Most parents want to know the age when their baby can roll over. It’s a fun milestone to reach, and once they master it, there are other activities they can do that their not able to do before.
Well, to start, know that babies aren’t born with muscles – they learn to use them as they grow. Rolling over is a milestone (or developmental stage) that most babies enjoy passing through. So what age does a baby roll over, and what if your baby doesn’t roll over? It’s something we’ve all (parents and caretakers) ask ourselves and can be cause for concern. So read on for the answer.
Why Do Babies Roll Over
A baby rolling over is probably one of the first developmental milestones a baby reaches after he is born. It is a point in an infant’s life that parents strive to achieve because it demonstrates that the infant is healthy and ready to explore the world.
Rolling over may also be a sign of intellectual development. Some parents, ecstatic about finding their babies doing things on their own for the first time (in a somewhat coordinated manner) might even feel proud to post their infants’ new abilities on social media.
If you want to know why and at what age a baby rolls over, you will surely find the answer in this article.
What Age Does Baby Roll Over
One of the great milestones in a baby’s development is the ability to roll from back to belly – and from belly to back again. So what age does a baby roll over? Babies do this as early as three months old. It usually takes them another three months before they can do it consistently.
This is an excellent time/age-related question that you should be aware of because your child will likely show you this activity through actions or noises (e.g., gurgling). Some babies don’t transition to another position until they are much older.
What Are the Signs That Baby Is Starting to Roll Over
Rolling over is an important developmental milestone for your baby. Rolling over is when a baby brings one part of their body in contact with the other side of their body.
This means that when they roll onto their side, they have to move their head and arms over, as well as their bottom and legs/feet. According to Medical News Today, here are the signs that the baby is starting to roll over:
- lifting their head and shoulders more during tummy time
- rolling onto their shoulders or side
- kicking their legs and scooting in a circle when on their back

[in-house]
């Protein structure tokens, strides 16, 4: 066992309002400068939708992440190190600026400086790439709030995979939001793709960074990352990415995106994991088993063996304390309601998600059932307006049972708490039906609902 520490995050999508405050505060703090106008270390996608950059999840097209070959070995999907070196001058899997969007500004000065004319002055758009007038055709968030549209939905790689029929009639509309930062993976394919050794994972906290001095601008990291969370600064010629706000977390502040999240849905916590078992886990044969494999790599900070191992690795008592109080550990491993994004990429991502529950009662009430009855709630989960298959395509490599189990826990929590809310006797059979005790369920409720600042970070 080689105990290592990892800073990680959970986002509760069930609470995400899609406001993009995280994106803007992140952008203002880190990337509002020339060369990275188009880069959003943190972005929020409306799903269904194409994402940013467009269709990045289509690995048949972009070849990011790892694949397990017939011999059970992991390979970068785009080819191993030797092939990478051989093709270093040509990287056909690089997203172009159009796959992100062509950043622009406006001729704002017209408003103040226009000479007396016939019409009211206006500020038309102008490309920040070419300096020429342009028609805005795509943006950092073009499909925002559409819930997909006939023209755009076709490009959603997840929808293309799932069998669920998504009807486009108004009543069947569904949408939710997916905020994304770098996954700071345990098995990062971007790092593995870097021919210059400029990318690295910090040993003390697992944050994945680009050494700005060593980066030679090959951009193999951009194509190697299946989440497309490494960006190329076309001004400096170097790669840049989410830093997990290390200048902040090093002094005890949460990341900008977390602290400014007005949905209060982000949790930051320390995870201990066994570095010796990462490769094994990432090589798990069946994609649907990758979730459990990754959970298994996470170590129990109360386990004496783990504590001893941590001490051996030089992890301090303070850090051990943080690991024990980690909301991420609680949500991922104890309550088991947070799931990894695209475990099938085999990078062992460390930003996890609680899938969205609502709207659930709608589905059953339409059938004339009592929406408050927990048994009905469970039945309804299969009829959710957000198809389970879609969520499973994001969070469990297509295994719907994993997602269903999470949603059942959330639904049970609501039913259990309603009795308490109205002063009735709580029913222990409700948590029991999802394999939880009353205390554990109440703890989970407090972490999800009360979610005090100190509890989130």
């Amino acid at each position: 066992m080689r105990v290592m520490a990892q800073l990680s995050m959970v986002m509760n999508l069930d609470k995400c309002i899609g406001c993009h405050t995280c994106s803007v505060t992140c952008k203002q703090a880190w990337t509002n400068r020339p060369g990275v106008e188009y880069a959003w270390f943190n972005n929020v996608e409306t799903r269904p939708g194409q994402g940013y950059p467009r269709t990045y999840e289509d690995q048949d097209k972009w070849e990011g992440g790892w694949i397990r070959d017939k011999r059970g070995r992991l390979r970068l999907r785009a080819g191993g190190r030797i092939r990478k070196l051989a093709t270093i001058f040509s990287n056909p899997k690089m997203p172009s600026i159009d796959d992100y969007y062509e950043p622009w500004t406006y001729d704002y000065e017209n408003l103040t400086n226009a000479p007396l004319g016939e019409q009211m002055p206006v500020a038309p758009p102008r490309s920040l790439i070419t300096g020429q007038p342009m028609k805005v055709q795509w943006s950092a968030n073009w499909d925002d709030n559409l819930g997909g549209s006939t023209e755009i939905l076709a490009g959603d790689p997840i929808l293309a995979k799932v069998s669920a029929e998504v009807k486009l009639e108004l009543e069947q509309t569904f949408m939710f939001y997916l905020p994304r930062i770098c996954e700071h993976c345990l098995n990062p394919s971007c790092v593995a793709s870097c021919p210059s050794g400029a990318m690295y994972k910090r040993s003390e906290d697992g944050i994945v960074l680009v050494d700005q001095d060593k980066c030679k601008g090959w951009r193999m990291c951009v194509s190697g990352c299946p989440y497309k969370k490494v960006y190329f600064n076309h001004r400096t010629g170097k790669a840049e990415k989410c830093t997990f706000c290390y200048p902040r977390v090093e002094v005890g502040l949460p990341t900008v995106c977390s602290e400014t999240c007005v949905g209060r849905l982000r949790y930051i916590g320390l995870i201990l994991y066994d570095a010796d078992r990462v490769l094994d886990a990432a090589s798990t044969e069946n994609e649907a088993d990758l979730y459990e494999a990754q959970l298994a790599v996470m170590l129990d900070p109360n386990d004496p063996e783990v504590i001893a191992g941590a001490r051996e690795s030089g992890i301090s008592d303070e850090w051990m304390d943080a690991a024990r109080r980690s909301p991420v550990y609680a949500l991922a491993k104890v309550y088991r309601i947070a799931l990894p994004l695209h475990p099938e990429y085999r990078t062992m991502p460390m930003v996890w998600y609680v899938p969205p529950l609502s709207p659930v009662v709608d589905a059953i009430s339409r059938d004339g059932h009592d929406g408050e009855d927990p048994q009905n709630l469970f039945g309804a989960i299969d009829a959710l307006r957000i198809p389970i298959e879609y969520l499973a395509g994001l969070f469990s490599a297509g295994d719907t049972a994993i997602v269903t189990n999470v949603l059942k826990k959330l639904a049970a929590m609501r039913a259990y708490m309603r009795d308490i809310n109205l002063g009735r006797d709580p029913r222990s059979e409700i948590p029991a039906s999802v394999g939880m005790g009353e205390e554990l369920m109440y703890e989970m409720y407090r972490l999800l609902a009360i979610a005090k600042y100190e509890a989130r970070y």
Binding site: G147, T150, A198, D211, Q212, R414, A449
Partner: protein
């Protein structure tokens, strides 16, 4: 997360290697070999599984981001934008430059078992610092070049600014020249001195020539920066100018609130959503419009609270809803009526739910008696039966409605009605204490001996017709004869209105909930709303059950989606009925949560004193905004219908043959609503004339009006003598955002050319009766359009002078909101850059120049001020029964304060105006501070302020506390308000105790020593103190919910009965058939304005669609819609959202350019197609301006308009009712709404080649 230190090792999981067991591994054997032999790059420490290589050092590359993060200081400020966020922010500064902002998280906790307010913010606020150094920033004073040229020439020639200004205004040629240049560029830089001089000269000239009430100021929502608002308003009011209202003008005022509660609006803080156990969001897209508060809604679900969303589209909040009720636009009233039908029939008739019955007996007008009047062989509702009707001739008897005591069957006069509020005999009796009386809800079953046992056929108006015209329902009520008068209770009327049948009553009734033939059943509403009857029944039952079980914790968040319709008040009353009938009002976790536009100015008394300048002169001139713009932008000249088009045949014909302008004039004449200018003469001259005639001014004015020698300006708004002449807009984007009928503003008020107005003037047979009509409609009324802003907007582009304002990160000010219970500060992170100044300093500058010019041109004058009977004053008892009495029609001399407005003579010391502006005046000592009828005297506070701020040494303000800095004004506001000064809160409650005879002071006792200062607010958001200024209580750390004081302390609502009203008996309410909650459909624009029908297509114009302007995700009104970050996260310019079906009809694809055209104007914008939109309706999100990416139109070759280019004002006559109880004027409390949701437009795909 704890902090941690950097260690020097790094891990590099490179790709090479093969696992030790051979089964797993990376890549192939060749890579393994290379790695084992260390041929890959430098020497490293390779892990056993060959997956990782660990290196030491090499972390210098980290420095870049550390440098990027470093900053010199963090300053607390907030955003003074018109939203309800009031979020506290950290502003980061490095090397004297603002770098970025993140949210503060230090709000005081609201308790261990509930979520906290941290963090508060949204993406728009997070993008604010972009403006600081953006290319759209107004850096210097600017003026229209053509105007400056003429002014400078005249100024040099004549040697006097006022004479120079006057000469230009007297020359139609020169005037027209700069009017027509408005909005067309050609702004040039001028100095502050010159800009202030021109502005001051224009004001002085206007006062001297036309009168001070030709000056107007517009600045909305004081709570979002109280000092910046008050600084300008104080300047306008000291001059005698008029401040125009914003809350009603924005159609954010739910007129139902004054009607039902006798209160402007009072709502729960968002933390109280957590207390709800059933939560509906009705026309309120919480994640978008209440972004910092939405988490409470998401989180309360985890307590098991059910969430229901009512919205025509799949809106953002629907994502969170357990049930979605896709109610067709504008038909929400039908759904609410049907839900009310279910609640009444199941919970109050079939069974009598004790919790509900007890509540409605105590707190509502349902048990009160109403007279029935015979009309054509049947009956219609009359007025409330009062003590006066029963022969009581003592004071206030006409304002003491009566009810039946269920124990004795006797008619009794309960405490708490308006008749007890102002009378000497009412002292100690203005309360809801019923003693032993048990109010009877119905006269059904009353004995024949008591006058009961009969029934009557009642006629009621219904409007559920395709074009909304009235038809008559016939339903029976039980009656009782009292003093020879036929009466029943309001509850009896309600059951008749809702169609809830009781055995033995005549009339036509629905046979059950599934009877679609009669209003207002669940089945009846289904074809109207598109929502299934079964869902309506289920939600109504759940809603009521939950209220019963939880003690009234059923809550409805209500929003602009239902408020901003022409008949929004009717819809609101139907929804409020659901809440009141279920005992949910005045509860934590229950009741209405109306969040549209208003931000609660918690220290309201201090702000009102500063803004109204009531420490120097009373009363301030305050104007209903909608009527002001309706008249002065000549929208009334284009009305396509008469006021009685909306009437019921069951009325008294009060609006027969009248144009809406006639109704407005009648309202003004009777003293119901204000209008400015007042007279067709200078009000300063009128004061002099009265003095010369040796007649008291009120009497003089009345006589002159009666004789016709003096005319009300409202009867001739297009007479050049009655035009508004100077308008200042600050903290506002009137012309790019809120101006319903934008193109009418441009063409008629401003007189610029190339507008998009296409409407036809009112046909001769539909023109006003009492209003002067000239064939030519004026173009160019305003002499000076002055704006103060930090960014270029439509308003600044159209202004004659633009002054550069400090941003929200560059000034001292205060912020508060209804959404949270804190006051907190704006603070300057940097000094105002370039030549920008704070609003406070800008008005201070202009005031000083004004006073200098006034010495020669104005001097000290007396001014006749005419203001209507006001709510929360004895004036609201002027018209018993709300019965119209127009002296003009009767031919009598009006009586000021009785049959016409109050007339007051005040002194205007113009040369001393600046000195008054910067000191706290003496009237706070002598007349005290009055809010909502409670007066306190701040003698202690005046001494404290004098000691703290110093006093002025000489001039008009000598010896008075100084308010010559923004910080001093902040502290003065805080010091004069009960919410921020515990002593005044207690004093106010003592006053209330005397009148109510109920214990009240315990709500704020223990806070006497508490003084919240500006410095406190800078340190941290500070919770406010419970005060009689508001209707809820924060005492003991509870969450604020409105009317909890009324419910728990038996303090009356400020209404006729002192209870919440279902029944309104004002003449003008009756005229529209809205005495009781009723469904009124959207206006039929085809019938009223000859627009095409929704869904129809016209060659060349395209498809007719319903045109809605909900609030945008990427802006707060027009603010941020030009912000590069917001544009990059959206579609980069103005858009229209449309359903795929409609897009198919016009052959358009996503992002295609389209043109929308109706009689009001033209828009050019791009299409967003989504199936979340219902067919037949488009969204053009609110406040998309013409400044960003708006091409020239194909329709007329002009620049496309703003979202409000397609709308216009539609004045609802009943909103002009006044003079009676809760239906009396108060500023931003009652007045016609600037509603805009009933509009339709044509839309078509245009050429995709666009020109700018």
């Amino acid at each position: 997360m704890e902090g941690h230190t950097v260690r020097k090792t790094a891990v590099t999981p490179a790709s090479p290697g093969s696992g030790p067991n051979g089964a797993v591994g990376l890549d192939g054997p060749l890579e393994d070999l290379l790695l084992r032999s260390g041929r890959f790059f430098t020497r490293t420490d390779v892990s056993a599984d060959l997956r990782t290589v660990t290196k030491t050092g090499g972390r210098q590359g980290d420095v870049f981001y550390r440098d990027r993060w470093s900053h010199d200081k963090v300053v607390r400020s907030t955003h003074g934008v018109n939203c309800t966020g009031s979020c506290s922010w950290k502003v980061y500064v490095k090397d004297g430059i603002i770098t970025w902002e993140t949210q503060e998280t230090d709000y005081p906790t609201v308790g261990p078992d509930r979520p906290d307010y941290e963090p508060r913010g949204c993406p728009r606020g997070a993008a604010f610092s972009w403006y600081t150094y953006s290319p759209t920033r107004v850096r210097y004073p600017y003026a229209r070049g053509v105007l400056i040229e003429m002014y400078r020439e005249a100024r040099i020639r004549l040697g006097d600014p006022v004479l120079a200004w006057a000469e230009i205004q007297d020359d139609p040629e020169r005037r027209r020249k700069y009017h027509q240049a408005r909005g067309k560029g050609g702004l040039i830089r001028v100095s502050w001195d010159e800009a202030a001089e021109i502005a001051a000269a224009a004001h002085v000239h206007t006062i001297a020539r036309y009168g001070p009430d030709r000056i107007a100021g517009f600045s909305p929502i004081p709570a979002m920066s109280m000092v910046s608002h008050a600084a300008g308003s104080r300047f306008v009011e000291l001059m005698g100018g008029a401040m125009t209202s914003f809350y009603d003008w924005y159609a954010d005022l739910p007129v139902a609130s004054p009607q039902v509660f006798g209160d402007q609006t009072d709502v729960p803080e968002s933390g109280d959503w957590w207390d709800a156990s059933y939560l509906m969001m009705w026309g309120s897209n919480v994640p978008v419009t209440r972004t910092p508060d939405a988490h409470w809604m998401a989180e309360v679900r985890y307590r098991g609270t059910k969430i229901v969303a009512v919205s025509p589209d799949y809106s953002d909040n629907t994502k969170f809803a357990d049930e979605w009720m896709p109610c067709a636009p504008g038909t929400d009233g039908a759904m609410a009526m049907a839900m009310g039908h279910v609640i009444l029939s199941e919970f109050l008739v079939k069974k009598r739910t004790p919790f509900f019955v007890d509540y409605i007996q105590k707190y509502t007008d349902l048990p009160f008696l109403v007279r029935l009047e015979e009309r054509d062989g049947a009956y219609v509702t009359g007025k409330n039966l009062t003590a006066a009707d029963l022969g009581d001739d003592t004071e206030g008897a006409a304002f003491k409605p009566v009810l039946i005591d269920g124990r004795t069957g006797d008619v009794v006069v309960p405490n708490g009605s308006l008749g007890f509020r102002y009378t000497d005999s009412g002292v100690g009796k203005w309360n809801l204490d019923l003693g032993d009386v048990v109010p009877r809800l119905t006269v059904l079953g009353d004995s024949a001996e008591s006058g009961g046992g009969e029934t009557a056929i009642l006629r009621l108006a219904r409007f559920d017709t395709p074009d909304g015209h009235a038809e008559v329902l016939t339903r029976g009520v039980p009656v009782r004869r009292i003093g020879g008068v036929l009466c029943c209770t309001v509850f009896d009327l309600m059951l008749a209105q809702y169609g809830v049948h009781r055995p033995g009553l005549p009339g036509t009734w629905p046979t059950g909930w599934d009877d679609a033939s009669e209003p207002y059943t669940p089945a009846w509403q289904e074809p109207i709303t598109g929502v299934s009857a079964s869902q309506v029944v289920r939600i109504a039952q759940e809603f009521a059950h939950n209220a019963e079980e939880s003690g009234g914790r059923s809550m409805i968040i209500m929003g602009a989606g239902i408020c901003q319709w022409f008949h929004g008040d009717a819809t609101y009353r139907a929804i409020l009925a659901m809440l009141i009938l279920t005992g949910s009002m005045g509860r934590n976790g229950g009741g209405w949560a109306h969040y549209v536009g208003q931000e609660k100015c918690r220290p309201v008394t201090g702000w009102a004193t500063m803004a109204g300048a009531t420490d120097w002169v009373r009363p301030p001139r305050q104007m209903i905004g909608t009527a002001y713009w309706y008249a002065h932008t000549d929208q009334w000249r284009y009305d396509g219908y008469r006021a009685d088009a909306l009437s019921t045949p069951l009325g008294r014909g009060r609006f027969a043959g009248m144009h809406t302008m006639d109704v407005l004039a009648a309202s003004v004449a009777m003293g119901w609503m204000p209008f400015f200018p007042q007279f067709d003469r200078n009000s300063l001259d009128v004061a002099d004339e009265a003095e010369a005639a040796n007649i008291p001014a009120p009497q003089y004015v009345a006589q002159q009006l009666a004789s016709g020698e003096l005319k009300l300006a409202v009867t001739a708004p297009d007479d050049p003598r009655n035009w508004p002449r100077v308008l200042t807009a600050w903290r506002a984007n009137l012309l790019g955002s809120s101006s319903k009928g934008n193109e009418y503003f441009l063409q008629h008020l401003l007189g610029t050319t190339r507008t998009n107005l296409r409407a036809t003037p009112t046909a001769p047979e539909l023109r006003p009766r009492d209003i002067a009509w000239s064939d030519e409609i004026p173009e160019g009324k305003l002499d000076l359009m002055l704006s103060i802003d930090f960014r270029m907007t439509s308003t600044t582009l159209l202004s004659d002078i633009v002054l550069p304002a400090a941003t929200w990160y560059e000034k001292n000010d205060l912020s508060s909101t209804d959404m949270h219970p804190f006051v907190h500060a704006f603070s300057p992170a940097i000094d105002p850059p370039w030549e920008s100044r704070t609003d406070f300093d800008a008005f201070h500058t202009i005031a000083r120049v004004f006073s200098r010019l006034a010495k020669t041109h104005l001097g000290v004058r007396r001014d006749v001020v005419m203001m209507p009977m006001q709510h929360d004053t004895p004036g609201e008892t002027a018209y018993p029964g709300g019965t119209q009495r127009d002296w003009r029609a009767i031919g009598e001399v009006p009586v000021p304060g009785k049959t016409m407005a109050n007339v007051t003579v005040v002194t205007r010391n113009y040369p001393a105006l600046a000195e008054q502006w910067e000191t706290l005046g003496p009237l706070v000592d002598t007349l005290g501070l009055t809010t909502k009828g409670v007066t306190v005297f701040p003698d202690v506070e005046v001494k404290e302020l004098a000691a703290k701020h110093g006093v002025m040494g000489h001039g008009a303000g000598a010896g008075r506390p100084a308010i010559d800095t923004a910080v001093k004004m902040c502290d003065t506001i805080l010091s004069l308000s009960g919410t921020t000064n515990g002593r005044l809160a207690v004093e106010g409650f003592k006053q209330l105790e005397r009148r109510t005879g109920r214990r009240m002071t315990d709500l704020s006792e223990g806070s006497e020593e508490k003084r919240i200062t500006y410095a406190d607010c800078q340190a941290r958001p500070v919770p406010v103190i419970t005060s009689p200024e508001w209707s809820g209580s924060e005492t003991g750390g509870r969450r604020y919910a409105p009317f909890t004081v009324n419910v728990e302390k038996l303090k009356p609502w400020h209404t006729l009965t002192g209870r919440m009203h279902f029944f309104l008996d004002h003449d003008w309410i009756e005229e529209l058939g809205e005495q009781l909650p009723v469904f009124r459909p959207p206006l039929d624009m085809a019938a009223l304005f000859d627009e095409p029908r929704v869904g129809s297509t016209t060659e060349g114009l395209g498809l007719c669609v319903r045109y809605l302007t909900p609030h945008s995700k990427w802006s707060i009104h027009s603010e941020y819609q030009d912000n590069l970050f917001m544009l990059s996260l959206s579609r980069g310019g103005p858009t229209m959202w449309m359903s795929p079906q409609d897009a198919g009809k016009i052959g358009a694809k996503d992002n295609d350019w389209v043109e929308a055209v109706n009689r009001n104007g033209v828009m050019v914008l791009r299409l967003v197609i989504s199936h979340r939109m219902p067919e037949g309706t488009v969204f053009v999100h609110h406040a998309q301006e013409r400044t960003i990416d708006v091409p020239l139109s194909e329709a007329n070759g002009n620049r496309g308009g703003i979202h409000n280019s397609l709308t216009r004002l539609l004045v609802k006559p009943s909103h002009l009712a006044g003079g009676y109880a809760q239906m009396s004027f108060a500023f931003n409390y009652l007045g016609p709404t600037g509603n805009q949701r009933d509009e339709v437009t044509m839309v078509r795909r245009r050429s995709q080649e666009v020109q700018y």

- increased leg and hip strength, such as rolling the hips from side to side and using the legs to lift the hips up
What Are the Factors That Affect When the Baby Rolls Over
When your baby rolls over, it is a significant milestone. Your baby can move around more easily and explore their surroundings. Before you know it, they will be crawling and walking!
Aside from asking what age can a baby roll over, parents usually ask how their baby learns to roll over. You might be surprised to learn that many factors affect when your baby rolls over.
The first thing you should know is that there is no set age for rolling over—some babies do it at 3 months old, and some take it until they are 6 months old. It all depends on how fast your baby grows and develops.
Another factor that affects when your child rolls over is their size. Smaller babies tend to roll over earlier than larger ones because they have more room between their heads and chest wall. Smaller babies also have less fat on their bodies than larger ones—so they have more space between their head and chest wall.
Finally, the position of your child’s body when they sleep can also affect when they roll over! If they sleep on their stomachs or sides, it could cause them to roll over earlier in life than if they slept on their backs or bellies (this is especially true if you were also sleeping on one side or another during pregnancy).
Tummy time can help strengthen your baby’s head control. | Image source: iStock
How to Encourage Baby Rolling Over
One of the most important developmental milestones is encouraging your baby to roll over. It can help them learn how to crawl and sit, and it’s also a great way to get them used to being on their stomachs so they can eventually roll over onto their backs when they’re ready for sleep.
- Try to place your baby on his or her stomach when he or she is awake and alert.